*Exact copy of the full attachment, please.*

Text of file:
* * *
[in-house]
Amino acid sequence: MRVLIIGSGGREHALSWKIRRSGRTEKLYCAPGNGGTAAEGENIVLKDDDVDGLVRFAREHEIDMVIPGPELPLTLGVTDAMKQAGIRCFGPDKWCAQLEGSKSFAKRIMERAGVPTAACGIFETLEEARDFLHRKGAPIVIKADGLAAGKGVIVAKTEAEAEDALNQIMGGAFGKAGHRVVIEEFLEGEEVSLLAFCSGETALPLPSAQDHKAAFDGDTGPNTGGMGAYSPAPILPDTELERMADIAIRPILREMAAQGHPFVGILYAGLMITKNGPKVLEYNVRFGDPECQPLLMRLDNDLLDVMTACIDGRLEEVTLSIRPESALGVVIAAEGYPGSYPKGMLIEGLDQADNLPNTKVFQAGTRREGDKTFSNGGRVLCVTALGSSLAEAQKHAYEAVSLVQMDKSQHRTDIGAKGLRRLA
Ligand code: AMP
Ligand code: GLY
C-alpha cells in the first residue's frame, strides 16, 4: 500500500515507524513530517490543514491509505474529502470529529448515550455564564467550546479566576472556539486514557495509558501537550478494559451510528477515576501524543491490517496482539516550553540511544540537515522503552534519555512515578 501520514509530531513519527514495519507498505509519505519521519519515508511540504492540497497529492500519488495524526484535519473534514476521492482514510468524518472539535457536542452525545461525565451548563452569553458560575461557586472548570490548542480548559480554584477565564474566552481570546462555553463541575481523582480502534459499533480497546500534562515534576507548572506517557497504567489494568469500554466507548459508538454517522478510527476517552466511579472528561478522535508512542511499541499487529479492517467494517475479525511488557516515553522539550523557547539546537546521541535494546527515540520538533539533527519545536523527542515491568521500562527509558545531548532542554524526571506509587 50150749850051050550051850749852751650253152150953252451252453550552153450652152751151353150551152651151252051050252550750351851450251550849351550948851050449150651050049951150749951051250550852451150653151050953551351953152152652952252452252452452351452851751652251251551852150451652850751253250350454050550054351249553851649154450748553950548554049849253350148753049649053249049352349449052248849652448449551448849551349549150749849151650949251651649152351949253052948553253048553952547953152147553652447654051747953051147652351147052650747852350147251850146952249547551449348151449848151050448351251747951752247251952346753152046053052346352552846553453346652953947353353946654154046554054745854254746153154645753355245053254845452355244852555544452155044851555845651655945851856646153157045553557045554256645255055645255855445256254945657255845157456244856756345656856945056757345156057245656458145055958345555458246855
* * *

[in-house]
Amino acid sequence: MRVLIIGSGGREHALSWKIRRSGRTEKLYCAPGNGGTAAEGENIVLKDDDVDGLVRFAREHEIDMVIPGPELPLTLGVTDAMKQAGIRCFGPDKWCAQLEGSKSFAKRIMERAGVPTAACGIFETLEEARDFLHRKGAPIVIKADGLAAGKGVIVAKTEAEAEDALNQIMGGAFGKAGHRVVIEEFLEGEEVSLLAFCSGETALPLPSAQDHKAAFDGDTGPNTGGMGAYSPAPILPDTELERMADIAIRPILREMAAQGHPFVGILYAGLMITKNGPKVLEYNVRFGDPECQPLLMRLDNDLLDVMTACIDGRLEEVTLSIRPESALGVVIAAEGYPGSYPKGMLIEGLDQADNLPNTKVFQAGTRREGDKTFSNGGRVLCVTALGSSLAEAQKHAYEAVSLVQMDKSQHRTDIGAKGLRRLA
Ligand code: AMP
Ligand code: GLY
C-alpha cells in the first residue's frame, strides 16, 4: 500500500515507524513530517490543514491509505474529502470529529448515550455564564467550546479566576472556539486514557495509558501537550478494559451510528477515576501524543491490517496482539516550553540511544540537515522503552534519555512515578 501520514509530531513519527514495519507498505509519505519521519519515508511540504492540497497529492500519488495524526484535519473534514476521492482514510468524518472539535457536542452525545461525565451548563452569553458560575461557586472548570490548542480548559480554584477565564474566552481570546462555553463541575481523582480502534459499533480497546500534562515534576507548572506517557497504567489494568469500554466507548459508538454517522478510527476517552466511579472528561478522535508512542511499541499487529479492517467494517475479525511488557516515553522539550523557547539546537546521541535494546527515540520538533539533527519545536523527542515491568521500562527509558545531548532542554524526571506509587 50150749850051050550051850749852751650253152150953252451252453550552153450652152751151353150551152651151252051050252550750351851450251550849351550948851050449150651050049951150749951051250550852451150653151050953551351953152152652952252452252452452351452851751652251251551852150451652850751253250350454050550054351249553851649154450748553950548554049849253350148753049649053249049352349449052248849652448449551448849551349549150749849151650949251651649152351949253052948553253048553952547953152147553652447654051747953051147652351147052650747852350147251850146952249547551449348151449848151050448351251747951752247251952346753152046053052346352552846553453346652953947353353946654154046554054745854254746153154645753355245053254845452355244852555544452155044851555845651655945851856646153157045553557045554256645255055645255855445256254945657255845157456244856756345656856945056757345156057245656458145055958345555458246855